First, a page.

Major Fraud

During World War II, the British government tightly controlled information about casualties. Providing such details—who died, when, and where—could provide the Nazis and the other Axis powers with information they’d not otherwise have, and risk British and Allied efforts around the globe. At the same time, the government felt obligated to communicate the war’s events to its citizenry. These two desires were in obvious tension, and the government found a happy medium by releasing death notices to the newspapers.

Although these death notices came with the risks noted above, they also offered opportunity. On June 4, 1943, the Times published the announcements of the death of three officers and that of actor Leslie Howard. One of the officers was a member of the Royal Marines, a Major William Martin, who drowned in late April of that year.

Kind of. Major Martin hadn’t actually died. He couldn’t have— because he never actually existed.

With the war in full swing at the end of 1942, seizing control of the Mediterranean was high on the Allies’ list of military objectives, and the eventual success in North Africa would make that even more likely. But capturing other locations could be an even larger boon. Sicily, for example, served as a key island; as Winston Churchill reportedly commented, “Everyone but a bloody fool would know” that Sicily had to be next on the Allies’ punch list.

So the UK decided to try and play Hitler for a bloody fool. The plan, called “Operation Mincemeat,” was developed in part from a memo written by future James Bond author Ian Fleming. Operation Mincemeat involved leveraging the Nazi intelligence department’s cozy relationship with Spain by planting some disinformation on the Spanish shore. The disinformation came in the form of a pair of dossiers outlining, among other things, the Allies’ plans to invade Greece, Sardinia, and Corsica, all while feigning an attack on Sicily. To deliver these dossiers into the hands of the Spanish and, ultimately, the Germans, British intelligence’s MI5 unit called the fictitious Major Martin into duty. Or, more accurately, they threw a corpse wearing his clothes—and holding the dossiers—into the sea.

In January 1943, a thirty-four-year-old homeless Welsh man named Glyndwr Michael died of liver failure caused, indirectly, by ingesting rat poison. Michael’s death was difficult to determine and his parents had already died, making him—his dead body, that is—a solid stand-in for the Royal Marine that British intelligence was about to create. Michael’s body was dressed in a manner suitable for Martin’s rank and stature, even down to the high-quality underwear. (Quality underwear was rationed at the time and difficult to obtain, but a major in the Royal Marines would certainly be wearing some.)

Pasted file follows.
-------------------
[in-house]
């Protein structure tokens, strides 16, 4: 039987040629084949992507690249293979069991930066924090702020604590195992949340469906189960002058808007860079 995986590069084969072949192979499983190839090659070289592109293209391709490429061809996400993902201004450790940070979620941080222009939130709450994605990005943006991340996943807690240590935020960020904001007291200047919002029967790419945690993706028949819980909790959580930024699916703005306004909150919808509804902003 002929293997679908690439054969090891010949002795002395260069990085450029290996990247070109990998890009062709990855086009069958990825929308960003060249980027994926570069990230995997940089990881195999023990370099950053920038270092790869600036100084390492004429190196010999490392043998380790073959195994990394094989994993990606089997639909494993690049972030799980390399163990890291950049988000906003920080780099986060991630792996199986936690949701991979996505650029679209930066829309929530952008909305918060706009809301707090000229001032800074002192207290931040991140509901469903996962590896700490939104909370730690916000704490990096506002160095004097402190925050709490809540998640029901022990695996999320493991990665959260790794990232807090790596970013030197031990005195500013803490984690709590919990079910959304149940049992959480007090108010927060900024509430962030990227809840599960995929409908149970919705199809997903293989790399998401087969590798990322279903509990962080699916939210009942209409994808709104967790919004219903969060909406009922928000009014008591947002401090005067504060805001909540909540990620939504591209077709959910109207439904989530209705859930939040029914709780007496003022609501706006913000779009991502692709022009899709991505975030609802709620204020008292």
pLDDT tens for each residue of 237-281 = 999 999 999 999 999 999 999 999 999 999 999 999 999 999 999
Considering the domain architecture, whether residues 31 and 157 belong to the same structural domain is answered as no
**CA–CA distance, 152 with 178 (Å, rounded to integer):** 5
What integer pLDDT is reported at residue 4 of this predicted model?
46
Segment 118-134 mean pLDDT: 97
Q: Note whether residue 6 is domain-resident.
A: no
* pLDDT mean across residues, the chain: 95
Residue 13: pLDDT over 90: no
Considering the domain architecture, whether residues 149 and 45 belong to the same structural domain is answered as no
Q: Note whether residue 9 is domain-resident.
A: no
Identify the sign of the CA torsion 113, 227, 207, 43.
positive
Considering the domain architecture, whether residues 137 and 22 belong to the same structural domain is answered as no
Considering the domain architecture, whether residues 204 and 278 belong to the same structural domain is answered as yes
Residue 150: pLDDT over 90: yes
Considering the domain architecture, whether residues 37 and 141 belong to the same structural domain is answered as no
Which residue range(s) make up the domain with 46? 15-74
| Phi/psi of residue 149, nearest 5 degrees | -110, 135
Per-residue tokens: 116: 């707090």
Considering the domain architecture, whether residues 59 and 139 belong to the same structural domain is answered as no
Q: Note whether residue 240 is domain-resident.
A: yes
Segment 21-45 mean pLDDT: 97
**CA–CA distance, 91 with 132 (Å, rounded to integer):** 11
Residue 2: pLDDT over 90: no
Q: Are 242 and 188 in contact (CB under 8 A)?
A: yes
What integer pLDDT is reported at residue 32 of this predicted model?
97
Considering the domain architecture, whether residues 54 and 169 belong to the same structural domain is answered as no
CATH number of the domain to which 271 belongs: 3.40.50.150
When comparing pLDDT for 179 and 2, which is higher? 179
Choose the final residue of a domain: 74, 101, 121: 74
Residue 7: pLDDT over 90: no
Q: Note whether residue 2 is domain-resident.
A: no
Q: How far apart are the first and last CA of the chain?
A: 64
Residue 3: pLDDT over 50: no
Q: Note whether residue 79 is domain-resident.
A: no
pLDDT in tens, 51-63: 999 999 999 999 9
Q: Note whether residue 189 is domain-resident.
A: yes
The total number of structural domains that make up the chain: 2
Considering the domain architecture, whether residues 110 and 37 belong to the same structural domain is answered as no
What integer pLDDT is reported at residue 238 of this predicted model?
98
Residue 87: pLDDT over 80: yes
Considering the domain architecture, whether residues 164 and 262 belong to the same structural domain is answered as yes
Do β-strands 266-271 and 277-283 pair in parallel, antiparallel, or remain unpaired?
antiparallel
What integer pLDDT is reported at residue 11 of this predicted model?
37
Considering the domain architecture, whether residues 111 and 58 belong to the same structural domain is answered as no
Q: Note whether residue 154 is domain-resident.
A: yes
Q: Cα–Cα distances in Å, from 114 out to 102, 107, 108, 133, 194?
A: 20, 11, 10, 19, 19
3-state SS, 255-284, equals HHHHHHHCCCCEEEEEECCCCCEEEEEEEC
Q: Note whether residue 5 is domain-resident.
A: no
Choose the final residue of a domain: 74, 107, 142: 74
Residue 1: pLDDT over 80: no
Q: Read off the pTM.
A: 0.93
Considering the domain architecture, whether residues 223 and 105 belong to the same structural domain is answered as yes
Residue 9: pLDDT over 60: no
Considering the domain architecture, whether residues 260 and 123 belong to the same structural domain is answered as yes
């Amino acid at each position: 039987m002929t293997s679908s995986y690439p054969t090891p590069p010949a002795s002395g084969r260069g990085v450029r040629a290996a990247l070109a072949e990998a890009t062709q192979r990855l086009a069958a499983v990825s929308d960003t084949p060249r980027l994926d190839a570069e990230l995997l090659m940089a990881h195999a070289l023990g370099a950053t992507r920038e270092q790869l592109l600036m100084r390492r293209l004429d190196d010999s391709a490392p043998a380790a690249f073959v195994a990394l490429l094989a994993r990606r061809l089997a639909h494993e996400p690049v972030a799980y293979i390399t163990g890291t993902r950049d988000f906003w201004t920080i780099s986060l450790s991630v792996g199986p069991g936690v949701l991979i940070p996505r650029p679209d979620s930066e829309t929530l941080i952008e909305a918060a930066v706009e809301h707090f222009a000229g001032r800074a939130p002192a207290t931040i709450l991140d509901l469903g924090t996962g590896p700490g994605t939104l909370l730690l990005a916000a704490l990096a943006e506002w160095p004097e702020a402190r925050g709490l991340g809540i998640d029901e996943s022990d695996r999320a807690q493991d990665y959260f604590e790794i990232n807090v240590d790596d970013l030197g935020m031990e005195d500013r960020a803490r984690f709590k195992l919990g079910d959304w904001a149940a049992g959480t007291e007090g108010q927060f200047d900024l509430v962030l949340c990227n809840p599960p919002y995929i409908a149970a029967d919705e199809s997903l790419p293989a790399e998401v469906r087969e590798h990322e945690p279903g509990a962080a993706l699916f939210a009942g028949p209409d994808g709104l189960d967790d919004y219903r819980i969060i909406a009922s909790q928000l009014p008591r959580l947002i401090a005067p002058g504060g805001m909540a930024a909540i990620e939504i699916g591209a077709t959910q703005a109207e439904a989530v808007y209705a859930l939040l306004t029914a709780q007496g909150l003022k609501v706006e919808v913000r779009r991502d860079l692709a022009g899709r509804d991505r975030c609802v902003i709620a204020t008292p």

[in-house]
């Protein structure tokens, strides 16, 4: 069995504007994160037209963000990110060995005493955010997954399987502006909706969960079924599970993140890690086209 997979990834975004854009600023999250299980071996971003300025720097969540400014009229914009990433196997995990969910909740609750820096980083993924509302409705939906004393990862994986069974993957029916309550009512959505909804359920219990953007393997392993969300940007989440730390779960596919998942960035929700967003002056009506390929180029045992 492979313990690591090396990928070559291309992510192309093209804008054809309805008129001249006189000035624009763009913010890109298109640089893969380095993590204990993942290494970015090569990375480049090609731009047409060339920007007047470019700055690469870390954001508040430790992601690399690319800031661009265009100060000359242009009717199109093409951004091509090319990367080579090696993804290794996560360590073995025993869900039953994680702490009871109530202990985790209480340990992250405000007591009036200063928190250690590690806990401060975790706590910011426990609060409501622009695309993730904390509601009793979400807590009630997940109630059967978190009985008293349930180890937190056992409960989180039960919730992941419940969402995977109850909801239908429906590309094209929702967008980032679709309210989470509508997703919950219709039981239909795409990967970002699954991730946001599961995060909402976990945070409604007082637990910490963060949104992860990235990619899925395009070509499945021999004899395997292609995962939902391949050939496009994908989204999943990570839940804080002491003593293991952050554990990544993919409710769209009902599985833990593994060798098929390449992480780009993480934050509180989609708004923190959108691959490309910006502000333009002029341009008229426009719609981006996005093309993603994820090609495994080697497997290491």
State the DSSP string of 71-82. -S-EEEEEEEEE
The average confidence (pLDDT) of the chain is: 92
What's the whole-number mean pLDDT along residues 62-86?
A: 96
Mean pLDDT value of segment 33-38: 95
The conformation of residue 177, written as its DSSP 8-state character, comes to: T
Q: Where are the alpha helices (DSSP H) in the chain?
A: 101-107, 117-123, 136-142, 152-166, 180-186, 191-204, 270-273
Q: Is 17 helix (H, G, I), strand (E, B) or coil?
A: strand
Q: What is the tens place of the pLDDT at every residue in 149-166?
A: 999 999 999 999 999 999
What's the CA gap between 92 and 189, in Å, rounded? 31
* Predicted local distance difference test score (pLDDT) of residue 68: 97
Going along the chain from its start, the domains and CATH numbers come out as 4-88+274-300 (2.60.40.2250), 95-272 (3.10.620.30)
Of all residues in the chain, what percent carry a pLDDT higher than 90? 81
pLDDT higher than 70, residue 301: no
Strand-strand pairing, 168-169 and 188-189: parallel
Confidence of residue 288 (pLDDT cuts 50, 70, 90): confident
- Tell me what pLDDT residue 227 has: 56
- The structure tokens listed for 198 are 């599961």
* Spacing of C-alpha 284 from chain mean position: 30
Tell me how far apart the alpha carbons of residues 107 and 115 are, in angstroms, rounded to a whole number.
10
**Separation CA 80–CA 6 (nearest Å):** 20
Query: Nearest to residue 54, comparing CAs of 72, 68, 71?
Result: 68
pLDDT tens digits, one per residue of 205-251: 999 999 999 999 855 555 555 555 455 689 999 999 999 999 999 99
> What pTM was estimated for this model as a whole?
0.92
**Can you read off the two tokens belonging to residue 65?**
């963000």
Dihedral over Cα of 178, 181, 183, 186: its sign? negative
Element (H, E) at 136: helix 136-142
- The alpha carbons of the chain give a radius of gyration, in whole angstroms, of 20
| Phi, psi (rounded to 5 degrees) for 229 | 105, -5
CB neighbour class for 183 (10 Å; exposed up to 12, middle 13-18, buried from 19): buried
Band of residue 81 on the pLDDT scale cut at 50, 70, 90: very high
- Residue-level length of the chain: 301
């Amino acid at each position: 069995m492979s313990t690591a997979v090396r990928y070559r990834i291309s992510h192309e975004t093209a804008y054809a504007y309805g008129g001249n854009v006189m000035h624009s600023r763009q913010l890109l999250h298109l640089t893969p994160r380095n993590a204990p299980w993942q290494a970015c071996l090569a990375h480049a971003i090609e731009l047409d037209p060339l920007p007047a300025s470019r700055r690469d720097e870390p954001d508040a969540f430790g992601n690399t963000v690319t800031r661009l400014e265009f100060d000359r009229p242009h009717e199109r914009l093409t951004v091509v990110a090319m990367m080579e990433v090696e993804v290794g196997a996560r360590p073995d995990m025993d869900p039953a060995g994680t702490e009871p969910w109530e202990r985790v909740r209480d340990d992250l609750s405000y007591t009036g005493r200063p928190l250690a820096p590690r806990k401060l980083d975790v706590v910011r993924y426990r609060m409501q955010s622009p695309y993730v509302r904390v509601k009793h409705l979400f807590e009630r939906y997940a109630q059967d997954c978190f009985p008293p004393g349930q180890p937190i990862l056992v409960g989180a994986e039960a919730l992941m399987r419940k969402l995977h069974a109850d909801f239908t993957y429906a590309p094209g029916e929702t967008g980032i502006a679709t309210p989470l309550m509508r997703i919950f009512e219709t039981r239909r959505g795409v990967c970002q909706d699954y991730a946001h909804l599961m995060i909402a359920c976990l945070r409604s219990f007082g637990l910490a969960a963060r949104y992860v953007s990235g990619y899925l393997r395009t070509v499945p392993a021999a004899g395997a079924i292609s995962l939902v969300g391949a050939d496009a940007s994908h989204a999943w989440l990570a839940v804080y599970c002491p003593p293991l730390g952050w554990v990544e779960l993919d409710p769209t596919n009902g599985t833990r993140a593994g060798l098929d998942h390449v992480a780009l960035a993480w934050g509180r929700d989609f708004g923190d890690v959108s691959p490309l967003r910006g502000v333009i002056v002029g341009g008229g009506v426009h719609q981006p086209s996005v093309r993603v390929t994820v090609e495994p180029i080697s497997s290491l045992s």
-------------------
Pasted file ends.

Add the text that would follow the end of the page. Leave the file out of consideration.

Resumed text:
Intelligence created a backstory for him, including a fiancée named Pam, and gave him love letters, a receipt for an engagement ring from a London establishment (dated April 19, 1943), and a picture of her (really of a clerk in MI5). To finish the ruse, Major Martin was given ticket stubs to a London theater, dated April 24, and—to make him appear careless—an ID card marked “replacement.” All these items were placed in a briefcase, along with two copies of the Mediterranean war plans, one for British troops and one to be forwarded to U.S. commanders. The second copy was created simply to justify the use of a briefcase in the operation.

The body was taken aboard a British submarine, which surfaced on April 30. That day, the corpse was tossed into the waters, the briefcase tied around the loop of the fallen major’s trench coat. It washed up on shore as planned. The official cause of death by the Spanish medical inspector was “drowning” and, because Martin’s belongings suggested that he was a Roman Catholic, the examiner declined to perform an autopsy. The documents, after a few days, made their way into German hands—despite British “efforts” to recover them. On May 13, the Spanish returned the body to the British so that it could properly buried, and it was clear that the briefcase had been opened and its content analyzed.

The Germans bought into Martin’s persona, “determining” that he was on a flight from Britain to Gibraltar to deliver the sensitive documents—a belief strengthened by the June 4 death notice in the Times. German leadership shuffled their defenses to buttress their positions in Greece, Sardinia, and Corsica, leaving Sicily mostly unguarded. When Allied forces invaded Sicily on July 9, the Nazis thought it was a feint, as the documents suggested; by the time the Germans reinforced the island on July 12, it was too late. Roughly two weeks later, the Axis began their retreat from the island.

Bonus Fact: Famed baseball manager Billy Martin wasn’t a William Martin. His real name was Alfred Manuel Martin Jr., but Alfred Sr., his father, skipped town when Billy was very young. Around the same time, Billy’s maternal grandmother started calling him “Bello”—the Italian-masculine for “beautiful”—and Billy’s mother, Joan, adopted “Billy” as his nickname. Because of Joan’s hatred for her ex-husband, she hid Billy’s true name from him; according to Wikipedia, it was not until Billy started school that he learned his true name. When the teacher called “Alfred Martin,” Billy ignored her, believing that she was referring to someone else.

From the ArchivesTanks for the Info: How the Allies used the serial numbers from German tanks against them.

Related: “Operation Mincemeat: How a Dead Man and a Bizarre Plan Fooled the Nazis and Assured an Allied Victory” by Ben Macintyre. 4.4 stars on 253 reviews.